Only someone looking for trouble would be hanging out in the parking lot of her apartment complex at three in the morning, especially on a dreary night like this. Fearing for her life, she nearly cried in relief when she saw the small canister that had fallen out of her purse. Taking a deep breath, she gripped the pepper spray and started to rise, wincing when she scraped her knees. “I’m fine. Go away.”

Her voice hadn’t come out as firm as she would have liked, a shakiness to it she couldn’t quite contain.

The gravel dug into her hands and knees as she tried to scramble to her feet. She fell again, cursing under her breath when the heel on her right shoe broke. Knowing she’d have no chance of running in these damned shoes, she kicked them off, at the same time turning her body toward her building, judging the odds of getting inside before he could catch her.

Her long hair kept getting in her way, falling in damp strands around her face, and getting even wetter as the light rain continued to fall. Tonight she’d worn it down, something she very rarely did, and she hoped she wouldn’t have to pay dearly for it. Impatiently pushing it back, she kept her head bent, hoping that she had the pepper spray pointed in the right direction, and got into position to sprint.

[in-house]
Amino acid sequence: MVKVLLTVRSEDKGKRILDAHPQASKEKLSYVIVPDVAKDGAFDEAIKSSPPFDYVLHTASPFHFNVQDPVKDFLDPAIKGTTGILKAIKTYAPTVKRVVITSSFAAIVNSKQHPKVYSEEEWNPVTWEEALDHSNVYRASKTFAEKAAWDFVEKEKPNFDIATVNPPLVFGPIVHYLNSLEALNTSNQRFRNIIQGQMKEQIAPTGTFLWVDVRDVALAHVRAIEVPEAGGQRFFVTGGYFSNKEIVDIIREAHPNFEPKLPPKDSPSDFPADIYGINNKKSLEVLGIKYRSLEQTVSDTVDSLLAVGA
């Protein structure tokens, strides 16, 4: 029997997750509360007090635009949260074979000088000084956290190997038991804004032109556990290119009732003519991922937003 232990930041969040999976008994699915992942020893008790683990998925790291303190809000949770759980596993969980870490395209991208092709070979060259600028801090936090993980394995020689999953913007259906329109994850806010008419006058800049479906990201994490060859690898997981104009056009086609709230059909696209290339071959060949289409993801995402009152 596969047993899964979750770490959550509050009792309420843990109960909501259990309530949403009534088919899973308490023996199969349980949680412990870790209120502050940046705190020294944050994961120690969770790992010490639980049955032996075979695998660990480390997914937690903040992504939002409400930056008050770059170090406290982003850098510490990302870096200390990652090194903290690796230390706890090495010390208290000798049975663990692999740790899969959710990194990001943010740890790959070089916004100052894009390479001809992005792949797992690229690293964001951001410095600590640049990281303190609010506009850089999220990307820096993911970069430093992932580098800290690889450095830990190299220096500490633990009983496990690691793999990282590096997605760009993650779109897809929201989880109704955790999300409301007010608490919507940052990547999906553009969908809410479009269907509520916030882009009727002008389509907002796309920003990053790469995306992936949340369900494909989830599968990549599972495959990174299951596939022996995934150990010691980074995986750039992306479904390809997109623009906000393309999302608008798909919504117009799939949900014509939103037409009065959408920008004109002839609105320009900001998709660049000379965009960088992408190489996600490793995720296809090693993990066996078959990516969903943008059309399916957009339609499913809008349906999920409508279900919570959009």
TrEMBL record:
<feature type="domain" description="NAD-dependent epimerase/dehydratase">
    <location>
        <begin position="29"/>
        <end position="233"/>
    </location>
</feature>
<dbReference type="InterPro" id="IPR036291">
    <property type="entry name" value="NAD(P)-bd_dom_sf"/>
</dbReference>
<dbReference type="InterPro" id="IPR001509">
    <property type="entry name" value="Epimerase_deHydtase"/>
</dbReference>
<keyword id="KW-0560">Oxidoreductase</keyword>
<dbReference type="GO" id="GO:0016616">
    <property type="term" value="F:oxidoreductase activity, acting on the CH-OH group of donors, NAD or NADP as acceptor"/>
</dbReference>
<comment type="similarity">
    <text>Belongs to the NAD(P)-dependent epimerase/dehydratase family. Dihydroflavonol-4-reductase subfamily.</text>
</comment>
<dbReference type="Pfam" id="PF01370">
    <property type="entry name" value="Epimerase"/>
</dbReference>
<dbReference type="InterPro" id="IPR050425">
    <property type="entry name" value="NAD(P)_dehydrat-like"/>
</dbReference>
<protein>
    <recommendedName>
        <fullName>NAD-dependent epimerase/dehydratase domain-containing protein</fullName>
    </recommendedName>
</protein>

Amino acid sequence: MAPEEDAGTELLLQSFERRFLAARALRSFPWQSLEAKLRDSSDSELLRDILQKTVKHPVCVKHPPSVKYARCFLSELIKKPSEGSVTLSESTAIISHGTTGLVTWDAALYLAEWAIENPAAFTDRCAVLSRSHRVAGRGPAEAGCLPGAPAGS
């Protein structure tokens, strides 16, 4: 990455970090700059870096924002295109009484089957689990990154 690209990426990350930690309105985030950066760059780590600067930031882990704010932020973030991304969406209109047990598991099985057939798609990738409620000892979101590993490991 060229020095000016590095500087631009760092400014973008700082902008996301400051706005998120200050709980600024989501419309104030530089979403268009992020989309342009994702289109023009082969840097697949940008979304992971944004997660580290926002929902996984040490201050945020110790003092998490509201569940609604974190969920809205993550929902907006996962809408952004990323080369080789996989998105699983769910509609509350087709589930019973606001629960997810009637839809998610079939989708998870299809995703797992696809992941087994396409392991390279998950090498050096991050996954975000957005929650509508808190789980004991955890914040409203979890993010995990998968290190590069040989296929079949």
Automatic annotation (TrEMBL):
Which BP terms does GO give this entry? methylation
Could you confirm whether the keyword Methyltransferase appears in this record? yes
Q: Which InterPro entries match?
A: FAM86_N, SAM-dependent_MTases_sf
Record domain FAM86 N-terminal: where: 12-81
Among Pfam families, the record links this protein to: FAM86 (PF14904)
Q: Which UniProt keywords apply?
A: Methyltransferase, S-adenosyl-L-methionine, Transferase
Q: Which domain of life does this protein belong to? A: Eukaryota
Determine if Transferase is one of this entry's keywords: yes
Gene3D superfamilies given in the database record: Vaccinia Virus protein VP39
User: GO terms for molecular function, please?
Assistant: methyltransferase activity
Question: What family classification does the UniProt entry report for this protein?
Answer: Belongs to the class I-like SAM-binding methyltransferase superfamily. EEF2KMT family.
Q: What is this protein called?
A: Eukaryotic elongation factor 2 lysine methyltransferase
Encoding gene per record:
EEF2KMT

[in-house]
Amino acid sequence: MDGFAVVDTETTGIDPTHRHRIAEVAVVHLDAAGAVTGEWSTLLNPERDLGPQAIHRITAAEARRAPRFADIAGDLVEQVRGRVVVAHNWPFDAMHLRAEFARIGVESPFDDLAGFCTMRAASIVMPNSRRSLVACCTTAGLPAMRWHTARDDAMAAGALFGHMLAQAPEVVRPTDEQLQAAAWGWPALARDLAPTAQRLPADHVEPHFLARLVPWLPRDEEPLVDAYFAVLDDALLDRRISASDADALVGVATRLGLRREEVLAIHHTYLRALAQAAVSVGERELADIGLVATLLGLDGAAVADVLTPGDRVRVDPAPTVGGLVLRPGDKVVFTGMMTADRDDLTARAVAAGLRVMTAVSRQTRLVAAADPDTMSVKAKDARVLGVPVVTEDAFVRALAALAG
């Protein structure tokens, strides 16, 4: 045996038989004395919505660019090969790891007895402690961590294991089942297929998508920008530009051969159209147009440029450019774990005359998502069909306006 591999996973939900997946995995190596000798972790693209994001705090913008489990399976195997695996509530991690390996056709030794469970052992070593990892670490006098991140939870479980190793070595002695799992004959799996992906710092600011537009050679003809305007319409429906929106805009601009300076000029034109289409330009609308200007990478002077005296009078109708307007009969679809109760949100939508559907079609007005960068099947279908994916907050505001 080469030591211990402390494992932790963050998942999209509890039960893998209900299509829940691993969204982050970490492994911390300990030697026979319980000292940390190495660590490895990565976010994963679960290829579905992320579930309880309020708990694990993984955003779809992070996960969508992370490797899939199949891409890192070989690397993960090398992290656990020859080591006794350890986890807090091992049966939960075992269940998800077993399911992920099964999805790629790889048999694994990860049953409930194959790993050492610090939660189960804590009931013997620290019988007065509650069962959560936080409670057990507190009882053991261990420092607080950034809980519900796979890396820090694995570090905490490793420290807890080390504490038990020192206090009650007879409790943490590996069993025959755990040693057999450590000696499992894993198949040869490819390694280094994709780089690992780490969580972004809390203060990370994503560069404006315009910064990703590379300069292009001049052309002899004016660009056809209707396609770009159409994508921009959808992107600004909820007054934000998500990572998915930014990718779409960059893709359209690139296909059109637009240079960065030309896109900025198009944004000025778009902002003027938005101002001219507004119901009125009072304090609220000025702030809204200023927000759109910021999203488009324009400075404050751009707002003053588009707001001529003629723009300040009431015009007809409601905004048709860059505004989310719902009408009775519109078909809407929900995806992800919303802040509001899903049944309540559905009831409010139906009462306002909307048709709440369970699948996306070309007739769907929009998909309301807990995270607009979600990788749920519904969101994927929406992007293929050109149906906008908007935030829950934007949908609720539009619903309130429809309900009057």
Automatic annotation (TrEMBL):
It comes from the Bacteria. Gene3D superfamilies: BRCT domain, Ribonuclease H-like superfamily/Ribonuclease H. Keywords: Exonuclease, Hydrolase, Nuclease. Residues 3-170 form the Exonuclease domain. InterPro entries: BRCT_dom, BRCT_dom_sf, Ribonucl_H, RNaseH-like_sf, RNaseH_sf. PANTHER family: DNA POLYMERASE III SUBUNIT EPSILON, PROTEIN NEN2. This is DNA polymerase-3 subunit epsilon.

“I don’t think she’s drunk. I think she’s hysterical.” This voice came from directly in front of her a second before two large, black, expensive-looking dress shoes entered her line of vision and stopped just inches from where her cell phone lay. A large hand reached out to pick it up at the same time another closed over her upper arms from behind, just as she tried to run.

“Let me help you up.”

Panicking because she couldn’t shake his hold, she struggled against the iron grip of the man behind her and screamed, kicking at him, but her bare feet apparently made no impact. “Let go of me, you asshole!”

He lifted her with alarming ease, pulling her back against a rock-hard chest. “Easy, sweetheart. We won’t hurt you. Are you all right?”

Julianna looked over her shoulder and up, into a face hidden in shadow. Alarmed at the size of him and the strength of his hold, she stopped struggling, hoping to get him to relax his grip. “I don’t have any money. Get the hell away from me.”

The other man bent to retrieve her belongings still scattered on the ground, dropping each item into her designer knock-off purse. The blond strands interspersed through his short brown hair gleamed in the harsh light from the lamppost behind him, but his features remained hidden in shadow. When he started to rise, he smiled, a flash of white that did nothing to reassure her. “We don’t want your money.”